I received the following question last night from a Facebook friend: “John, I want to ask a question as you’re the only person I believe regarding this. (name withheld) says in a video the an “account in dispute” is bypassed or not looked at for 30 days, and only 30 days by FICO when calculating the score. I have heard so many stories on this- is that the case?”
The answer is complicated because there is so much misinformation floating around on the web. I wrote about this extensively here.
Incidentally, that post is one of my most popular and has been shared over 2,300 times as of today. Seems like a lot of people have the same question.
Here’s exactly what happens when an item is in dispute relative to your FICO scores:
The item is, or should be, coded as being in dispute. This is accomplished by either the credit bureau or the data furnisher (bank, collector, etc) adding a two character alpha code to the tradeline, collection or public record. Whoever receives the dispute (the credit bureau or the data furnisher) is the party responsible for adding the code. That code is “XB” and it will show up on a credit report as language that reads “Account information disputed by consumer under the Fair Credit Reporting Act” or some reasonable derivative.
That code is called a Compliance Condition Code and it is a requirement of the Fair Credit Reporting Act to add it to a disputed item. If the code is not added when a dispute is received the you could have an FCRA violation. I’ve had many cases as an expert witness where the Compliance Condition Code was not added.
The Impact of the XB Code
Ok, now that we all understand how, why and when the XB code is added to a credit report let’s address the impact of that code on your FICO scores. That’s where all of the confusion and incorrect information seems to be coming from.
When ANYTHING on a credit report has the XB code associated with it FICO’s scores do NOT ignore it. That’s a myth that’s being perpetrated all over the place. FICO’s score ignore only certain aspects of the credit item, not the item entirely.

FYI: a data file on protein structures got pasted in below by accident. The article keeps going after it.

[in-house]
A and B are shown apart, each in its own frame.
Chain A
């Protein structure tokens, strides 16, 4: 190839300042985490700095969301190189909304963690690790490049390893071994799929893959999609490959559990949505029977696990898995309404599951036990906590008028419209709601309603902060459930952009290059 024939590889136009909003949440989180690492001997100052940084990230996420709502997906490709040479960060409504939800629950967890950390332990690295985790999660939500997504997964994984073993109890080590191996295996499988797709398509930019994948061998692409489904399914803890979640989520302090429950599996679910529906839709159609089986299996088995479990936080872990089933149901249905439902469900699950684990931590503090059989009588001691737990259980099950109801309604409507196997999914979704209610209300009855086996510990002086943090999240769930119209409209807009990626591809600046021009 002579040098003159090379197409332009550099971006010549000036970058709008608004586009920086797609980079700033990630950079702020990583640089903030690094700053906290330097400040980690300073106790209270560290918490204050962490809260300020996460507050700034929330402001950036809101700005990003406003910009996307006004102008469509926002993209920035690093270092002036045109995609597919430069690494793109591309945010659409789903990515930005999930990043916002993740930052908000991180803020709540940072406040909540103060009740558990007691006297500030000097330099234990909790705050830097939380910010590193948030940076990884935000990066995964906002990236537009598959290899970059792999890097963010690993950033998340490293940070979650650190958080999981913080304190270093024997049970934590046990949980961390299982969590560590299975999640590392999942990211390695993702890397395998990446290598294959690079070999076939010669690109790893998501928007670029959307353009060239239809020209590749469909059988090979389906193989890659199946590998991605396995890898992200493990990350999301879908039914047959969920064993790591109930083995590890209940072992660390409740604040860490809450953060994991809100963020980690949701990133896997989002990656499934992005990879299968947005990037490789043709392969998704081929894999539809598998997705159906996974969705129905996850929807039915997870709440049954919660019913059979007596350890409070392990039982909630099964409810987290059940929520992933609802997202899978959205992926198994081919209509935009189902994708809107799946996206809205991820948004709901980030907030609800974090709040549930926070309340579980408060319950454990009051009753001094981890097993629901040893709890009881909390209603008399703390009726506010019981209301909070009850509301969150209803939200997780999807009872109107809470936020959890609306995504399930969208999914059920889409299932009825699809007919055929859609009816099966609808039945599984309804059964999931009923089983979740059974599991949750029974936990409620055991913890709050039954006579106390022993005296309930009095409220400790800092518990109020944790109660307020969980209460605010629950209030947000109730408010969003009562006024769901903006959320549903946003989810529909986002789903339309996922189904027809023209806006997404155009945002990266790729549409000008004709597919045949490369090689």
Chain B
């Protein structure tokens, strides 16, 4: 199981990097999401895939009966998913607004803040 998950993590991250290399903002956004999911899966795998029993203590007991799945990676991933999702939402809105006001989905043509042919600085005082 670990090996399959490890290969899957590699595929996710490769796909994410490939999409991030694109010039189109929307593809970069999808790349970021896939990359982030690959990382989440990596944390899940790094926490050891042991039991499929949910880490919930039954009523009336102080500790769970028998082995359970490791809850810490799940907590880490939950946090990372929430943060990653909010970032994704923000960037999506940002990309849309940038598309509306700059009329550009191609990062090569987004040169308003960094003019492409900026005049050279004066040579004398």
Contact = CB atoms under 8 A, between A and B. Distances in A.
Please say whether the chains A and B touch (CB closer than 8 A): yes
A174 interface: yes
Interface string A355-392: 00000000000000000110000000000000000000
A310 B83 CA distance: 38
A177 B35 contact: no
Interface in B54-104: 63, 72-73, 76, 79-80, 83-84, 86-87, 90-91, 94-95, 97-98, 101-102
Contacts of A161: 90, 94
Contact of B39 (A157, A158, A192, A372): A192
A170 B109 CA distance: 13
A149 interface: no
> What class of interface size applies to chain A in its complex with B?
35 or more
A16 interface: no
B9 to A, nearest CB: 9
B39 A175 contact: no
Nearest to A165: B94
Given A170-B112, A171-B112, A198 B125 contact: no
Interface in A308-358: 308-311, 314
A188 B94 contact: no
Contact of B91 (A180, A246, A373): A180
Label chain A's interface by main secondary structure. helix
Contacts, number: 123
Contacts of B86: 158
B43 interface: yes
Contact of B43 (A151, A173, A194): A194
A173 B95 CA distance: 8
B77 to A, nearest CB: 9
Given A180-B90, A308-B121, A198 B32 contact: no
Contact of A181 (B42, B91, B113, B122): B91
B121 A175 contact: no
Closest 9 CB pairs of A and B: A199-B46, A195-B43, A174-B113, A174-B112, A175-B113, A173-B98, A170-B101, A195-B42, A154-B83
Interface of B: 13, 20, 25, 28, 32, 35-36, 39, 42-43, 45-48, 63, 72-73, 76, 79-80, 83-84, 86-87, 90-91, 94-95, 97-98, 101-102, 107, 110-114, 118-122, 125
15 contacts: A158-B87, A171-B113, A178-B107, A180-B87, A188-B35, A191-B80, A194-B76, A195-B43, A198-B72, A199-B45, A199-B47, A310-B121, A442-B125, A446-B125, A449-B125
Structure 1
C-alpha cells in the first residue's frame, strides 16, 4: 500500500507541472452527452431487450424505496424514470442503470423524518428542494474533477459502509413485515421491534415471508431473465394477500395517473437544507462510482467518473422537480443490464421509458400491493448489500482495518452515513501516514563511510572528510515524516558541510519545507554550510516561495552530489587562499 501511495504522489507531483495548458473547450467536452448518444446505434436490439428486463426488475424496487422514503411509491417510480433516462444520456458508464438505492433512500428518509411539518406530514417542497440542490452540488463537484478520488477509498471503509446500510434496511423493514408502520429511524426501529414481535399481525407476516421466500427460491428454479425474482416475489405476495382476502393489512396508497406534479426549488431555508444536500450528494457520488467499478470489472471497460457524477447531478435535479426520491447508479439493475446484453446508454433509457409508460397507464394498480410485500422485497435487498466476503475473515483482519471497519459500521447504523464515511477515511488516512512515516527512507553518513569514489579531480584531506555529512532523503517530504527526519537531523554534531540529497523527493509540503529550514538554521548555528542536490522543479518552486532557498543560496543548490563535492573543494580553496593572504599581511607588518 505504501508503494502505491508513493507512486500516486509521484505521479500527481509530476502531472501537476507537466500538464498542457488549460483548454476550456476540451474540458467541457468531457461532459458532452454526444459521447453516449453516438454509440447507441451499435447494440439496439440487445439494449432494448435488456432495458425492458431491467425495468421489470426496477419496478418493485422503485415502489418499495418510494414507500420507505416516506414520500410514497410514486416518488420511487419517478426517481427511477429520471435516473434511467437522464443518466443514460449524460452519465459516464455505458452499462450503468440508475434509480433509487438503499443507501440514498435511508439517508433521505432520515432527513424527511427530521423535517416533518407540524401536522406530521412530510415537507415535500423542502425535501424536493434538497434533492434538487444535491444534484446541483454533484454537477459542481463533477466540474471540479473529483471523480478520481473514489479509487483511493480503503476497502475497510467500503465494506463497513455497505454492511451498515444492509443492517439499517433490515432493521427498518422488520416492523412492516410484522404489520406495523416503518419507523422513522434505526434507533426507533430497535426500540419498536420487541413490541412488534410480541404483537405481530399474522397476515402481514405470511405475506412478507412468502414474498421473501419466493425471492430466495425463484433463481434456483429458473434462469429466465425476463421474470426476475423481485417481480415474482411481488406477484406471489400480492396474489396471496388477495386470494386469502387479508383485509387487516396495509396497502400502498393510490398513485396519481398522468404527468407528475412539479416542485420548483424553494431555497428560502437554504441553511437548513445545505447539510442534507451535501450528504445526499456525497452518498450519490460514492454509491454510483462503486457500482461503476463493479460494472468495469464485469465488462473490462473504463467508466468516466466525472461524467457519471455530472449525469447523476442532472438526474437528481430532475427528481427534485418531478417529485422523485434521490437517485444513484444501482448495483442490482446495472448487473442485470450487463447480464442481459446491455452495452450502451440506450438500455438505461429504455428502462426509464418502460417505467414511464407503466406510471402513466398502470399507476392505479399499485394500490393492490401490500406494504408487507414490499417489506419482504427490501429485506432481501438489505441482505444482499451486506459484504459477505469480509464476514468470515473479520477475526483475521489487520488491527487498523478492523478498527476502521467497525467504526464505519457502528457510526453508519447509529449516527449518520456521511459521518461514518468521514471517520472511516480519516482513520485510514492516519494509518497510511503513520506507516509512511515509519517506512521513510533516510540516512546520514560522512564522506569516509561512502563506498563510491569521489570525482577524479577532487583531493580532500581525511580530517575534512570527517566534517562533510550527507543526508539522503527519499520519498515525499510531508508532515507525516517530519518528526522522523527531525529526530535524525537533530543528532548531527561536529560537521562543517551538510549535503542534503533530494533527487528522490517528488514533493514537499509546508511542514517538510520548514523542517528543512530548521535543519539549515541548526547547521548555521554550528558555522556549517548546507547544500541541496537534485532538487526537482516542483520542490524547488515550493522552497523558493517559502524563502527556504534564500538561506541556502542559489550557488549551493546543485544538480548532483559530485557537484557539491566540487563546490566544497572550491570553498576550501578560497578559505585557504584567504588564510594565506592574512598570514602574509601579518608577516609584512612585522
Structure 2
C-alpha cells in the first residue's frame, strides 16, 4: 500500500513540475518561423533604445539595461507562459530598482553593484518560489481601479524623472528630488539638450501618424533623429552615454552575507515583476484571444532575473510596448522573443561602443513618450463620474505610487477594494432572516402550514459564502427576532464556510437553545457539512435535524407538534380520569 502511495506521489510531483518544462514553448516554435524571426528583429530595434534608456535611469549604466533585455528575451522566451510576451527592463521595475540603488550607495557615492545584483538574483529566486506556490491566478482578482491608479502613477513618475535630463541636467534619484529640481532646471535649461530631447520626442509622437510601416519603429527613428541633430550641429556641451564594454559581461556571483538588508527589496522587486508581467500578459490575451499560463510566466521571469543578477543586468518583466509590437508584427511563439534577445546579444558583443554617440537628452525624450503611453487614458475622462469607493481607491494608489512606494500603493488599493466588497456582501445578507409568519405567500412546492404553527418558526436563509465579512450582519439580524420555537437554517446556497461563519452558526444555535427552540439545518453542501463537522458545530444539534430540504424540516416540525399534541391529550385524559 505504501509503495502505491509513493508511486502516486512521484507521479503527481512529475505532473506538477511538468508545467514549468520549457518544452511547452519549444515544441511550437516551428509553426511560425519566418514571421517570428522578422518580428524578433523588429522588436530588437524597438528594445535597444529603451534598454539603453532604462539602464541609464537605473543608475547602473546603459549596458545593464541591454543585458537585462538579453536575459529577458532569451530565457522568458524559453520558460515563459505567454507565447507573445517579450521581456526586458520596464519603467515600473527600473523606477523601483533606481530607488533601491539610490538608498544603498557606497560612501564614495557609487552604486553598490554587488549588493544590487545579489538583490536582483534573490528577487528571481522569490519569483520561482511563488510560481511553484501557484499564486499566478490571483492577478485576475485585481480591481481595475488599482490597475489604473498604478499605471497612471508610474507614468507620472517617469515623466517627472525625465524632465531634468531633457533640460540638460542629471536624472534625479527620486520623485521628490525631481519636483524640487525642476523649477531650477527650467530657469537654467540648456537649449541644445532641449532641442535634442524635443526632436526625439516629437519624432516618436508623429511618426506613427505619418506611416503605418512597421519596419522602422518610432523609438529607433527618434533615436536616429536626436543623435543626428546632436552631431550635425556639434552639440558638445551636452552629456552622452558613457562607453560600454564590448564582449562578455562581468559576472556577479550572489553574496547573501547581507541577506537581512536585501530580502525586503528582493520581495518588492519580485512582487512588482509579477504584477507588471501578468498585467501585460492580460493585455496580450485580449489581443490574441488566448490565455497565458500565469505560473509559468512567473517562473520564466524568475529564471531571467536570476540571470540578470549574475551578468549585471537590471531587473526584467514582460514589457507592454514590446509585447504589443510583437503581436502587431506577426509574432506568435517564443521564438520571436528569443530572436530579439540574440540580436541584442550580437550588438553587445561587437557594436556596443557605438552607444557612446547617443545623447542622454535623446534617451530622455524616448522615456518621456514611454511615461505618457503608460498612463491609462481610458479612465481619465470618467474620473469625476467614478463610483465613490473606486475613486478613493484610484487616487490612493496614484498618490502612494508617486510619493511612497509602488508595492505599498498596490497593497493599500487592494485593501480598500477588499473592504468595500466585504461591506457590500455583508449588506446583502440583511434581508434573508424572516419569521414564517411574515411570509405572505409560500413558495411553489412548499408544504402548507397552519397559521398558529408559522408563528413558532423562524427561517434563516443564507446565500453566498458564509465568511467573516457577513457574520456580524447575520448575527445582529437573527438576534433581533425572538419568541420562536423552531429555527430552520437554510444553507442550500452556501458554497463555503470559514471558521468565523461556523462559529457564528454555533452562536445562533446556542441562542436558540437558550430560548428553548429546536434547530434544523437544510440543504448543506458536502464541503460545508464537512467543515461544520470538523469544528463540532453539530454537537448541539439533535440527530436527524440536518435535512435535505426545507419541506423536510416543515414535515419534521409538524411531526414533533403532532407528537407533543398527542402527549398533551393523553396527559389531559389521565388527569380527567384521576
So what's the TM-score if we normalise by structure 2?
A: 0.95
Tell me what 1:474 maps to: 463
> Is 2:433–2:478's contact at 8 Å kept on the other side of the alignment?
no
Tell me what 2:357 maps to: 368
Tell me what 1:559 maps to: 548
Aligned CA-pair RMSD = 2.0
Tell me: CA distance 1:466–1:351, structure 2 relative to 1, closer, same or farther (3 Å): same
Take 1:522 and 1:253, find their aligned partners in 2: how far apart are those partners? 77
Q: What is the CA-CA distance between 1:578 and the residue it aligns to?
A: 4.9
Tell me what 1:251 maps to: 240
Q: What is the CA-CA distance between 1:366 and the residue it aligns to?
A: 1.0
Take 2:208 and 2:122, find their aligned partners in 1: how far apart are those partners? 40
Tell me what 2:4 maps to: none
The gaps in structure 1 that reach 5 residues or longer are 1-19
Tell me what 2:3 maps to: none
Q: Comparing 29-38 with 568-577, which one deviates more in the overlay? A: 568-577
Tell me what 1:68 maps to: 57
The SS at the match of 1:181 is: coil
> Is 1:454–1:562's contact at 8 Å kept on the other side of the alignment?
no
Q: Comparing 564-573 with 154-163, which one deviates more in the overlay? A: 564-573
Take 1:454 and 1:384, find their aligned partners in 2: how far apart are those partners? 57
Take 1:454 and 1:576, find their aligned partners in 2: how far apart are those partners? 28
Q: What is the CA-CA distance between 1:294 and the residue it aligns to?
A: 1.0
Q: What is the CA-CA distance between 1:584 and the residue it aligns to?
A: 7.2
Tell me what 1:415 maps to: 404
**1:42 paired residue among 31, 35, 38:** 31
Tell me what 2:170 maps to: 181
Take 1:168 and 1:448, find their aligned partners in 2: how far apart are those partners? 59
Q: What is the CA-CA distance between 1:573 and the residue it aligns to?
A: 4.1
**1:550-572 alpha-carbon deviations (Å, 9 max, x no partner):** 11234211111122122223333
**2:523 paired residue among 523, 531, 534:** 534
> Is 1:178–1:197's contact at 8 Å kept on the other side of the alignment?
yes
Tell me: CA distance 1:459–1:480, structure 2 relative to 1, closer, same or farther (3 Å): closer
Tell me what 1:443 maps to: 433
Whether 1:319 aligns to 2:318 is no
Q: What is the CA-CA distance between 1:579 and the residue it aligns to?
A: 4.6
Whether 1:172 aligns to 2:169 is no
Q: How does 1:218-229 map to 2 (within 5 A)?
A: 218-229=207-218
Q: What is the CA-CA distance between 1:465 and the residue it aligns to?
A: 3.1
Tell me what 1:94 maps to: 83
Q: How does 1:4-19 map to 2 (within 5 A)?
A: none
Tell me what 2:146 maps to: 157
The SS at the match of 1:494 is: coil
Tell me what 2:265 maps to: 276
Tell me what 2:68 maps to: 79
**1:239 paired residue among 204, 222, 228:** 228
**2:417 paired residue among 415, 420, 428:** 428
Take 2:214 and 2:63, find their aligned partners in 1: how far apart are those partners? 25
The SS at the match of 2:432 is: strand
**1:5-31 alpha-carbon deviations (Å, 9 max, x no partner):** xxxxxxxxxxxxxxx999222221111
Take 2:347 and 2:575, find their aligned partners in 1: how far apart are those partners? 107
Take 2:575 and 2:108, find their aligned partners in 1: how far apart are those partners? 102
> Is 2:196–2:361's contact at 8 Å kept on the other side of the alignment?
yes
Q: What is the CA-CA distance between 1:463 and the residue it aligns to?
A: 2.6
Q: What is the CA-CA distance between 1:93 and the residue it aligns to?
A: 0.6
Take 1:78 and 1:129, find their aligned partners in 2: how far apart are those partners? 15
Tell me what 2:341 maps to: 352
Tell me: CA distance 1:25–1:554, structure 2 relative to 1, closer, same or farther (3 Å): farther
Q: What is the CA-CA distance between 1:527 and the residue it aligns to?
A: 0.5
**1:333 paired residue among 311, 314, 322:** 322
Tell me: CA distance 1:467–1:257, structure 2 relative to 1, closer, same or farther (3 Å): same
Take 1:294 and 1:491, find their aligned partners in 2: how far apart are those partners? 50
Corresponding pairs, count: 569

FICO’s scores do not consider the disputed and XB coded item for two categories of their scoring evaluation; the performance and debt categories. “Performance” is the category that considers the presence (or lack thereof) of negative information like late payments, charge offs, collections, etc. That category is worth 35% of the points in your score. “Debt” is the category that considers the balance associated with an item including measurements like the infamous debt to limit ratios. Other than those two scoring categories, the item is still being seen and considered by the FICO score even when in dispute and coded with XB.
The amount of time FICO treats the item as described above is dependent on how long the XB code is on the tradeline or collection or public record. If it’s there for 30 days, then it’s 30 days. If it’s there for 14 days, then it’s 14 days. If for some reason the XB code survives the end of the dispute process and isn’t removed then FICO will continue to bypass it for certain scoring categories as long as it’s on the tradeline, collection or public record.
The reason your FICO score will likely go up when an item has the XB code associated with it is because it’s not being counted against you if it’s derogatory. And, the balance of the item is also not being considered. That’s one of the reasons lenders want disputes resolved before they’ll allow loans to close. They know the score they’re seeing isn’t a true and accurate score because XB is likely causing the score to be artificially higher. Once the XB code is removed all bets are off and FICO considers the item fully.
Credit Reporting Expert, John Ulzheimer, is the President of Consumer Education at SmartCredit.com, the credit blogger for Mint.com, and a Contributor for the National Foundation for Credit Counseling. He is an expert on credit reporting, credit scoring and identity theft. Formerly of FICO, Equifax and Credit.com, John is the only recognised credit expert who actually comes from the credit industry. Follow him on Twitter here.
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